Conversations and Post Bag Issues January 2017

The Bootle constituency community is committed, involved and passionate about issues that affect us in our “neck of the woods”, and more broadly, the country. Every month I hear from constituents about issues close to their hearts. Here I will try to summarise the issues that have generated a high volume of correspondence from constituents so that you can keep up to date with my work in the constituency, as well as in Parliament. I hope you find this information helpful, and if you would like to get in touch about a particular matter, please send me an email.

 

Ofcom – Make the Air Fair

I have been contacted by various constituents about the Make the Air Fair campaign.

Access to high-quality mobile phone services is essential. As well as helping people to interact it is also key for the economy and public services. I would like to see mobile connectivity improve and I believe that the mobile market should be fair and competitive.

Customer choice and reliable coverage should be available everywhere in the UK. Indeed, the National Infrastructure Commission has said there are "too many digital deserts" across the country, and ranked Britain 54th in the world for 4G coverage.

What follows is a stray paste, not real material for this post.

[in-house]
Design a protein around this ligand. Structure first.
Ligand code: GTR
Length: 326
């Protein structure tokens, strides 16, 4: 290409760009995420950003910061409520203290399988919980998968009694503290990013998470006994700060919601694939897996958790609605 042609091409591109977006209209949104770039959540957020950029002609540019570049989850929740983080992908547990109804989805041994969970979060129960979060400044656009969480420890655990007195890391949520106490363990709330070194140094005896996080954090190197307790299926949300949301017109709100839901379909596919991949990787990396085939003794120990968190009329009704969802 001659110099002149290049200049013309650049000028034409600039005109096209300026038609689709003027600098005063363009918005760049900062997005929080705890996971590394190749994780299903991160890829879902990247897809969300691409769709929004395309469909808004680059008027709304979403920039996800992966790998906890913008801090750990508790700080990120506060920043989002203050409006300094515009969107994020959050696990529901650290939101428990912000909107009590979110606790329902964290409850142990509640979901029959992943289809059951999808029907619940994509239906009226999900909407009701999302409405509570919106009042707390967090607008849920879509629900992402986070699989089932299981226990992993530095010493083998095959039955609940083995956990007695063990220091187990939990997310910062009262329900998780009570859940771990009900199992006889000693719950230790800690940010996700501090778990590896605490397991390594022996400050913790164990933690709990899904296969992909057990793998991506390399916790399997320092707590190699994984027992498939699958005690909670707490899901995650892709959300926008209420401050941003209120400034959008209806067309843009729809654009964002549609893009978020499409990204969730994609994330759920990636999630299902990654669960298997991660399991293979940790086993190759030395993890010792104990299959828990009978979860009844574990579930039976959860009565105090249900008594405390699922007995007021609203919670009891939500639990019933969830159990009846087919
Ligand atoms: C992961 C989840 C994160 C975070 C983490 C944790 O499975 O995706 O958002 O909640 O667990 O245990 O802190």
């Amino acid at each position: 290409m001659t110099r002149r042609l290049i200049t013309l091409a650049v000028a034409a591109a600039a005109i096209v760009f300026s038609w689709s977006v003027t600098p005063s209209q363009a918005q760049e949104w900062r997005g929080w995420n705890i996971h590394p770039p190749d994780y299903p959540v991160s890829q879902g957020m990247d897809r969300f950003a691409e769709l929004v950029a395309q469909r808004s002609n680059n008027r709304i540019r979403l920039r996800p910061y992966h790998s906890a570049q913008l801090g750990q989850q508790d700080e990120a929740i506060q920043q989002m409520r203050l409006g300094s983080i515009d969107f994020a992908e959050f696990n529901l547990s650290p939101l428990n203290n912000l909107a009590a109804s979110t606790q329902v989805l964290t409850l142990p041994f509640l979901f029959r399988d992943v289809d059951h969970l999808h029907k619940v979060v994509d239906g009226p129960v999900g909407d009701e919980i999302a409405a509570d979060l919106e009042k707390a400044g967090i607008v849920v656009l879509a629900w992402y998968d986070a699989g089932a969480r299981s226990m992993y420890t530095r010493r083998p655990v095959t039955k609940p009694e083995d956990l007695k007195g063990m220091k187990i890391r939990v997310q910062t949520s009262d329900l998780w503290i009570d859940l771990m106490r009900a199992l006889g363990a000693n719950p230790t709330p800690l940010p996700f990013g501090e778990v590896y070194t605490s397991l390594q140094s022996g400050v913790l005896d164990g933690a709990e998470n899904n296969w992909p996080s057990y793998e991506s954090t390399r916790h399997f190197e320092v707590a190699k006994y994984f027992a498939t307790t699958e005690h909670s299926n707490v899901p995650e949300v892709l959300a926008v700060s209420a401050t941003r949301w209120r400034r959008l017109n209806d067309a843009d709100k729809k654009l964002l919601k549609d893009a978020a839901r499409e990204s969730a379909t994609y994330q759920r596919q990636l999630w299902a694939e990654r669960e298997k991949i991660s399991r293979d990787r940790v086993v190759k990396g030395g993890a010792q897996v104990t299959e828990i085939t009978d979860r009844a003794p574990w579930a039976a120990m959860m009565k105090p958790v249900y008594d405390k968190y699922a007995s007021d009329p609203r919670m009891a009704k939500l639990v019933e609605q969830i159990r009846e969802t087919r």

During the last Parliament, the Coalition Government failed to improve mobile connectivity and while I welcome some measures within the current Government's Digital Economy Bill, I am concerned that it will not do enough.

Ofcom has recently consulted on the release of the 2.3GHz and 3.4GHz bands of the mobile spectrum. I am aware that several organisations, including 'Make the Air Fair' are calling for a cap of 30% spectrum ownership for any one network operator.

This band of spectrum is one of our most significant public assets. How it is auctioned and regulated are issues of critical importance to the economy.

I am concerned that the Government has failed to foster a competitive communications market. More competition means better service, more investment and lower prices, and Ofcom should be supported to make sure that happens.
 
 
Homeless Reduction Bill

I share the concerns of constituents about rising homelessness and rough sleeping.